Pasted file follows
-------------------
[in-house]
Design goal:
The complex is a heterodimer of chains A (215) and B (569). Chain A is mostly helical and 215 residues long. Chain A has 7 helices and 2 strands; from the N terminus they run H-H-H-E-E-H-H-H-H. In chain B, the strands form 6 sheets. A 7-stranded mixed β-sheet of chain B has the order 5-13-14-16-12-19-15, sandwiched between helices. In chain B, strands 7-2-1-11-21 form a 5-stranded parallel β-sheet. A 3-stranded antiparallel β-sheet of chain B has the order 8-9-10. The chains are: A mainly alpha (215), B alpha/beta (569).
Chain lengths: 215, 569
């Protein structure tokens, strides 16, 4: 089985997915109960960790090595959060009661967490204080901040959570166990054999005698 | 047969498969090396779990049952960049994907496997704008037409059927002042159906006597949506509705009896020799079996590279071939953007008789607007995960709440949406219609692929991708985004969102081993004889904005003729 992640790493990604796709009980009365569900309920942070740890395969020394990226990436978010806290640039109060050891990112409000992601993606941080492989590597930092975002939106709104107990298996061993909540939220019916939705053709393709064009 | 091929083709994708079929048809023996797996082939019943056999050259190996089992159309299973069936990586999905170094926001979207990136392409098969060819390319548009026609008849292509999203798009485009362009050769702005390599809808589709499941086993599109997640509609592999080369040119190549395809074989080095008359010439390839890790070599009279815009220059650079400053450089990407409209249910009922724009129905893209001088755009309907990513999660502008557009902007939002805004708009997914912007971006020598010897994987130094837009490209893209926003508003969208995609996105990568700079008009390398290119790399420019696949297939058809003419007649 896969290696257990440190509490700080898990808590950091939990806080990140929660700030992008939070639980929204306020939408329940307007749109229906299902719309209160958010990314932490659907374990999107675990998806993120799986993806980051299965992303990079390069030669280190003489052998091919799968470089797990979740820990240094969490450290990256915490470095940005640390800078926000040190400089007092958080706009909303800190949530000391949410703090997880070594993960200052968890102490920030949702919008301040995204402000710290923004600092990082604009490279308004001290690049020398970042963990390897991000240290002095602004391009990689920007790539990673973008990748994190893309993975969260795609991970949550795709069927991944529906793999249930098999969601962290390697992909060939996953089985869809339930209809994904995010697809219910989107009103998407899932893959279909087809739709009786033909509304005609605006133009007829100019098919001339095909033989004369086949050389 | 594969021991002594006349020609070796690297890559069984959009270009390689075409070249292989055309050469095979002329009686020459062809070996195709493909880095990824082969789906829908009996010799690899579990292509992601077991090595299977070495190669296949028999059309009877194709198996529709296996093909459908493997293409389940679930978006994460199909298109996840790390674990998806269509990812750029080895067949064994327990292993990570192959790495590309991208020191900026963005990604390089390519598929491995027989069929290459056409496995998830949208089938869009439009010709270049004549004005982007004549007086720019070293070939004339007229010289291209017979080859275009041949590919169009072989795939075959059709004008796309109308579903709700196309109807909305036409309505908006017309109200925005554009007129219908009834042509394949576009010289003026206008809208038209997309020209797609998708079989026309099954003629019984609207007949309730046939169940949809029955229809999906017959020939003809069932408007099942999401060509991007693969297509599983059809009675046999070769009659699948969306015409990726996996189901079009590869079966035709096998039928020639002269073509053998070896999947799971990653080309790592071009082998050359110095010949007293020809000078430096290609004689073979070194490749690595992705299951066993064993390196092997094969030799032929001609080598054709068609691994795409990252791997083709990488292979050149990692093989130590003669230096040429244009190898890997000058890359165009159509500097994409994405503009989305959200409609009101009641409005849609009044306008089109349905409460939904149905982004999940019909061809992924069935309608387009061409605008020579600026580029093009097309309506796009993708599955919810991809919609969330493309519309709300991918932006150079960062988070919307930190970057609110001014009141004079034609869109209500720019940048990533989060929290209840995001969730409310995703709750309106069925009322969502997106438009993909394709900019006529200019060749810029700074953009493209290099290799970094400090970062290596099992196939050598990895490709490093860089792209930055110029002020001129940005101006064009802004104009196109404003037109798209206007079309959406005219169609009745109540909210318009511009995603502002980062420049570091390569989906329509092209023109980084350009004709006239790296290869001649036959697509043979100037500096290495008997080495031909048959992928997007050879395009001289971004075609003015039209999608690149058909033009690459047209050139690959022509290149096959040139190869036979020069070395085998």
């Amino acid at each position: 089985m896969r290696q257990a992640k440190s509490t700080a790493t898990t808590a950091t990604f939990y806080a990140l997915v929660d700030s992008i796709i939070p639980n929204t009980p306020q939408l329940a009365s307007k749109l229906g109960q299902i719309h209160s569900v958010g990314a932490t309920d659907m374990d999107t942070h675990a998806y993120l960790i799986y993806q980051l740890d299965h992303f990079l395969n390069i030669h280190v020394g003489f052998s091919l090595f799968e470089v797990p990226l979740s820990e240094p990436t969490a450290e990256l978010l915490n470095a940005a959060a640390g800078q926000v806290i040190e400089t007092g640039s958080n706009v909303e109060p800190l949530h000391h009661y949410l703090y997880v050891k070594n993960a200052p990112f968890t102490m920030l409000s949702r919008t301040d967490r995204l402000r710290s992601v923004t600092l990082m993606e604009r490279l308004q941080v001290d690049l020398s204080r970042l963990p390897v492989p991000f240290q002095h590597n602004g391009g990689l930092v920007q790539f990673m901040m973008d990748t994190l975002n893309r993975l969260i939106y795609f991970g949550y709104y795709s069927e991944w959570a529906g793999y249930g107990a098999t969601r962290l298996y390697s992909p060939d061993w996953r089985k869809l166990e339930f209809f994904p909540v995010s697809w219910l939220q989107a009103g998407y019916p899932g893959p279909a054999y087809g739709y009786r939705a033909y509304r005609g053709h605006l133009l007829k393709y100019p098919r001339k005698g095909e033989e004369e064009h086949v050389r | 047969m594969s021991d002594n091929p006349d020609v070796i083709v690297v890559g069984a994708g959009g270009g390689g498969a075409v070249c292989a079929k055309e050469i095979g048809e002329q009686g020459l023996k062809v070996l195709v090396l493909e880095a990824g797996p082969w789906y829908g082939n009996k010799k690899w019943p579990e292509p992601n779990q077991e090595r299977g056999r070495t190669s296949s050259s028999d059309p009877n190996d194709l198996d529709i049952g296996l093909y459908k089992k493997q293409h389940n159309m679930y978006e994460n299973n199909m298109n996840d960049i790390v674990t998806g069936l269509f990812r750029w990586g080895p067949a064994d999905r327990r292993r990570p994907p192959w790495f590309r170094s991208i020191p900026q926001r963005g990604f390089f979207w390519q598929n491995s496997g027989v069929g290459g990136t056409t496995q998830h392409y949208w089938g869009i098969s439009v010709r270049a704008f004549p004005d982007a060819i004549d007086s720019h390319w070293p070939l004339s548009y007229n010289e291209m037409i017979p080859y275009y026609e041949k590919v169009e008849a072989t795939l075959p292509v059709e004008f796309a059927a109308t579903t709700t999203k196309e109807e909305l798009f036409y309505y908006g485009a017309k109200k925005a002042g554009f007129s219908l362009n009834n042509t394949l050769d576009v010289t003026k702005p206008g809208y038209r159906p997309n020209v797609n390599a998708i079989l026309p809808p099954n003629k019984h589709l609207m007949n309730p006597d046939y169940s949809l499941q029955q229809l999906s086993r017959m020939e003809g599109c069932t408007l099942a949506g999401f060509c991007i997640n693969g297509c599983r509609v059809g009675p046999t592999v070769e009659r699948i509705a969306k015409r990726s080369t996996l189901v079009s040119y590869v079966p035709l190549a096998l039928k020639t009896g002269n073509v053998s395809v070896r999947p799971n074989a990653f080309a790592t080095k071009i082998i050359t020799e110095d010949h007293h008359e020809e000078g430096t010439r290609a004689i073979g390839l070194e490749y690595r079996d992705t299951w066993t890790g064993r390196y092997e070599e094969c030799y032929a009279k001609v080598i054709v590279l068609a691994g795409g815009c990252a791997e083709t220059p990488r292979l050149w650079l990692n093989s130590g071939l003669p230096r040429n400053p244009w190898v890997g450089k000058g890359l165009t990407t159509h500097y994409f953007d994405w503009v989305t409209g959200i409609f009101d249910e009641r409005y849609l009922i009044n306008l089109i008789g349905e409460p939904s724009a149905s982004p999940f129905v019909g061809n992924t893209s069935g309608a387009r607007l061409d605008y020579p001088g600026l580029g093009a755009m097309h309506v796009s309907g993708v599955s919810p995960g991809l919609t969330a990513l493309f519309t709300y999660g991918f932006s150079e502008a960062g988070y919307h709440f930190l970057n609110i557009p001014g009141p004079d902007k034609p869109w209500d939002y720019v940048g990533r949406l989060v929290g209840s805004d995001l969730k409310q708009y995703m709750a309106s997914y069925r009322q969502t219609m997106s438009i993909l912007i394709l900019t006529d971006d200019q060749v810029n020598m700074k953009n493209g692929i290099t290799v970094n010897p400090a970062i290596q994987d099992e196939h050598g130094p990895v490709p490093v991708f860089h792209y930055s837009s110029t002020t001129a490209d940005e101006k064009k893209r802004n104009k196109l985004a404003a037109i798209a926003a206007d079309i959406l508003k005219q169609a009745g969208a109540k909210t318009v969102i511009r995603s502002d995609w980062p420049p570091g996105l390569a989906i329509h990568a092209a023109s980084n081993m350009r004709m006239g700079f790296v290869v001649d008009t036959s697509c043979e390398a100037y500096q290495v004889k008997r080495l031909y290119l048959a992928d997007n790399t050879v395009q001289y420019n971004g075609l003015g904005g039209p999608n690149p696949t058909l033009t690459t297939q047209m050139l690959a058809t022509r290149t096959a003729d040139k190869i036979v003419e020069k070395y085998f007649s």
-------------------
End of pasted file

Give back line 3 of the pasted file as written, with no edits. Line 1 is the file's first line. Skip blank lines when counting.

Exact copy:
The complex is a heterodimer of chains A (215) and B (569). Chain A is mostly helical and 215 residues long. Chain A has 7 helices and 2 strands; from the N terminus they run H-H-H-E-E-H-H-H-H. In chain B, the strands form 6 sheets. A 7-stranded mixed β-sheet of chain B has the order 5-13-14-16-12-19-15, sandwiched between helices. In chain B, strands 7-2-1-11-21 form a 5-stranded parallel β-sheet. A 3-stranded antiparallel β-sheet of chain B has the order 8-9-10. The chains are: A mainly alpha (215), B alpha/beta (569).